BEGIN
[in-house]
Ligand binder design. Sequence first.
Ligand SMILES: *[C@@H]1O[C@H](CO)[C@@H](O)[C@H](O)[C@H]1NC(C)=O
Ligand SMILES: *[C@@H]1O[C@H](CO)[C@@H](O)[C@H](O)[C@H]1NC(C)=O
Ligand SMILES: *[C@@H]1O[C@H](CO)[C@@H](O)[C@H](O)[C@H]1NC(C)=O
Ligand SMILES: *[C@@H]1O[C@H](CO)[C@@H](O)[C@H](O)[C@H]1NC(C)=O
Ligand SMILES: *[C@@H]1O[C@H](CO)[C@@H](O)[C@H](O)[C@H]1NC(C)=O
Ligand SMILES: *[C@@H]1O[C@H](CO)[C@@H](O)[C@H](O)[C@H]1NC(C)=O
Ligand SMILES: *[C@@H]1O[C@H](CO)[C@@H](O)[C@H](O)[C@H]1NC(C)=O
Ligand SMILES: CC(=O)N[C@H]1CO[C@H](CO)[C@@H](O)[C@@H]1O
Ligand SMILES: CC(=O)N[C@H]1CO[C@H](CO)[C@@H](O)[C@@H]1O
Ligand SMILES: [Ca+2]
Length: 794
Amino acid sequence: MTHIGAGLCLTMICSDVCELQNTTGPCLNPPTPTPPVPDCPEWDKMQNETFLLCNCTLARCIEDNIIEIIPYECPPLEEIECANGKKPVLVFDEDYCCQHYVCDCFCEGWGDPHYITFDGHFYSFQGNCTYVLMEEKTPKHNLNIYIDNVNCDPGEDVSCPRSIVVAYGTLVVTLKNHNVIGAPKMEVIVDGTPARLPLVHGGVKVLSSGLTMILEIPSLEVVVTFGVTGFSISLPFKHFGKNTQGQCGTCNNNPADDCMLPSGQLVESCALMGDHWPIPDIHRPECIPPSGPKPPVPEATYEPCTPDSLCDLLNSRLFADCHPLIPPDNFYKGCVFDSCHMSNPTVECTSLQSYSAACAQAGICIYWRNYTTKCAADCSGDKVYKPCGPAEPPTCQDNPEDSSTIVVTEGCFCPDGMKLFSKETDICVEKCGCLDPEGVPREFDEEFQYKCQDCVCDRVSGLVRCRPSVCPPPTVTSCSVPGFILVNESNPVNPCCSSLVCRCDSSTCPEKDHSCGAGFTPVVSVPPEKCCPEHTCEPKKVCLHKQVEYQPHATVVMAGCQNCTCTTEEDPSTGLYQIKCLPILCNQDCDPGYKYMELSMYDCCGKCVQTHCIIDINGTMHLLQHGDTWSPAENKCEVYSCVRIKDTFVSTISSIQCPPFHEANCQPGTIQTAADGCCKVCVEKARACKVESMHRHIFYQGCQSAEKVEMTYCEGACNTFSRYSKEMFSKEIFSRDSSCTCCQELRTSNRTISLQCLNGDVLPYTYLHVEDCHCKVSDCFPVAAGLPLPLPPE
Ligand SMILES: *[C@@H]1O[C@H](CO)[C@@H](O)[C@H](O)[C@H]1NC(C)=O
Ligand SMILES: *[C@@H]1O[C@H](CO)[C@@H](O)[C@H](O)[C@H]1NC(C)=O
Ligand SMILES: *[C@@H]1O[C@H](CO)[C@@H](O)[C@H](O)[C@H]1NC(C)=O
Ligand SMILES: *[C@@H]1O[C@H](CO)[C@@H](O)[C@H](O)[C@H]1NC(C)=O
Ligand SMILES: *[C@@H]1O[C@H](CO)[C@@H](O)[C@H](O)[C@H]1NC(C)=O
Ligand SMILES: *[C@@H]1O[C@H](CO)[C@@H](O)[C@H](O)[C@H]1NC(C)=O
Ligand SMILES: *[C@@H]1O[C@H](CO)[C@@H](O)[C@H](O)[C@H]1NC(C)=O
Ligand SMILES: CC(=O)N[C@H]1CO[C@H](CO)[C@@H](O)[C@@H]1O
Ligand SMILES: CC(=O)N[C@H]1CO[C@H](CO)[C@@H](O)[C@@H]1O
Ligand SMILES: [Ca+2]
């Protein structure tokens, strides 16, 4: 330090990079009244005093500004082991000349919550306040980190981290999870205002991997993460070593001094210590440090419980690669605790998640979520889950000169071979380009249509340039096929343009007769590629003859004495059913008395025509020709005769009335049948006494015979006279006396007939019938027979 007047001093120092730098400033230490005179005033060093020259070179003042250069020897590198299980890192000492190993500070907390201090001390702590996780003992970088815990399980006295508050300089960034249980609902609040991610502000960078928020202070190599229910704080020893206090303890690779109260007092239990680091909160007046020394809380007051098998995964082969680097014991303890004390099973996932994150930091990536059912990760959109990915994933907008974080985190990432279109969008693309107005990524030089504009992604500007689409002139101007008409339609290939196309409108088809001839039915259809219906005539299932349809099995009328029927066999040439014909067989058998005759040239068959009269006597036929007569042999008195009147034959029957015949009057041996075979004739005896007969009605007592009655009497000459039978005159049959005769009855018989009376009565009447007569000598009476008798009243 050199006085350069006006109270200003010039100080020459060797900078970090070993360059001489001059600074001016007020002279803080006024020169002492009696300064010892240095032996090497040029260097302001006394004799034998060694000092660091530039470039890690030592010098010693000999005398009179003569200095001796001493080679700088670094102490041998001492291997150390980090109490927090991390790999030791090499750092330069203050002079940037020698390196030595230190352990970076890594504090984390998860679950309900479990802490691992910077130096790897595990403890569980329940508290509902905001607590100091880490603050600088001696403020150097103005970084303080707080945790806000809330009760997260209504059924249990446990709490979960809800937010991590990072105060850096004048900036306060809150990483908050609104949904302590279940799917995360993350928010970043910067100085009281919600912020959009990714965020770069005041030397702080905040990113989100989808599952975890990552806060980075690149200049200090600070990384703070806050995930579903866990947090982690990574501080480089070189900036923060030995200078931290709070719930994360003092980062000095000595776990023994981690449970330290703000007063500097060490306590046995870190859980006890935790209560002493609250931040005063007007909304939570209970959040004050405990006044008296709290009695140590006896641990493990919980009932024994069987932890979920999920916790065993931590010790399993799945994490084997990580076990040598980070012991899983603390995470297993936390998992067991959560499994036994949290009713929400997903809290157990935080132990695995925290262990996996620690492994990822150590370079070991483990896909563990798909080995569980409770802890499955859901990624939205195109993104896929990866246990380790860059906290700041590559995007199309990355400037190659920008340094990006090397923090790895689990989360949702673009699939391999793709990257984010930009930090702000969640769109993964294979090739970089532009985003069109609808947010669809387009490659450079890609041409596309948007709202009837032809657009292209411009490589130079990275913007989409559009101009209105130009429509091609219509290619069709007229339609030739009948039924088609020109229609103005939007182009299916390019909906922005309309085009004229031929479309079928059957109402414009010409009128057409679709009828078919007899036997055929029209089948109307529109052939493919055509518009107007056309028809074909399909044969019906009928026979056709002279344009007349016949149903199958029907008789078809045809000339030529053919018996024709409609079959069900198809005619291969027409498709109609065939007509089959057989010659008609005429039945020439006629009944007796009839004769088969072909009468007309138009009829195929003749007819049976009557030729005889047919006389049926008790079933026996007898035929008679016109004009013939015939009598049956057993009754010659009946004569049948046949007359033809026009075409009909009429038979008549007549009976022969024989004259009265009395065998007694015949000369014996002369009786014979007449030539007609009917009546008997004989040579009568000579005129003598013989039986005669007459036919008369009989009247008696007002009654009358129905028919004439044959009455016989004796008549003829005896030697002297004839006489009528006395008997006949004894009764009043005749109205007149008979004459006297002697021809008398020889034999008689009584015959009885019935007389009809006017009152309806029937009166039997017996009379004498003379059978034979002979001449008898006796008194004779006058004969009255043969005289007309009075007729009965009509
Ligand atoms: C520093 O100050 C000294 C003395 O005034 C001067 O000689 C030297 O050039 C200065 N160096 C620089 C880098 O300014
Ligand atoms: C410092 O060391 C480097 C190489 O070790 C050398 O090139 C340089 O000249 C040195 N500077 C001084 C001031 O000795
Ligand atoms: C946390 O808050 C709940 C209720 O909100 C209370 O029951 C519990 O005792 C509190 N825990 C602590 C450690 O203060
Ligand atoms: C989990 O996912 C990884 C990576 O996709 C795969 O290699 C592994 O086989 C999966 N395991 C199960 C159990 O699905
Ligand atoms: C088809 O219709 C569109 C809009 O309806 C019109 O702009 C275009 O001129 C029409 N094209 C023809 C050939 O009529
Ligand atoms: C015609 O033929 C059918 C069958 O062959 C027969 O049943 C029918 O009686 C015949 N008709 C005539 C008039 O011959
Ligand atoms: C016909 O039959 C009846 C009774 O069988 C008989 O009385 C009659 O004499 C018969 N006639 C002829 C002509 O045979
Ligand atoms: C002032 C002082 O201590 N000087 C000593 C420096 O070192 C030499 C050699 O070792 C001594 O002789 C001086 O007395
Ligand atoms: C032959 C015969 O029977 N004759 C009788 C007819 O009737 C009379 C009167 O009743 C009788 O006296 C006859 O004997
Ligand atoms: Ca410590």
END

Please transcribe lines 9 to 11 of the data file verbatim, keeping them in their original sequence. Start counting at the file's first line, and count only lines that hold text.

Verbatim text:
Ligand SMILES: *[C@@H]1O[C@H](CO)[C@@H](O)[C@H](O)[C@H]1NC(C)=O
Ligand SMILES: CC(=O)N[C@H]1CO[C@H](CO)[C@@H](O)[C@@H]1O
Ligand SMILES: CC(=O)N[C@H]1CO[C@H](CO)[C@@H](O)[C@@H]1O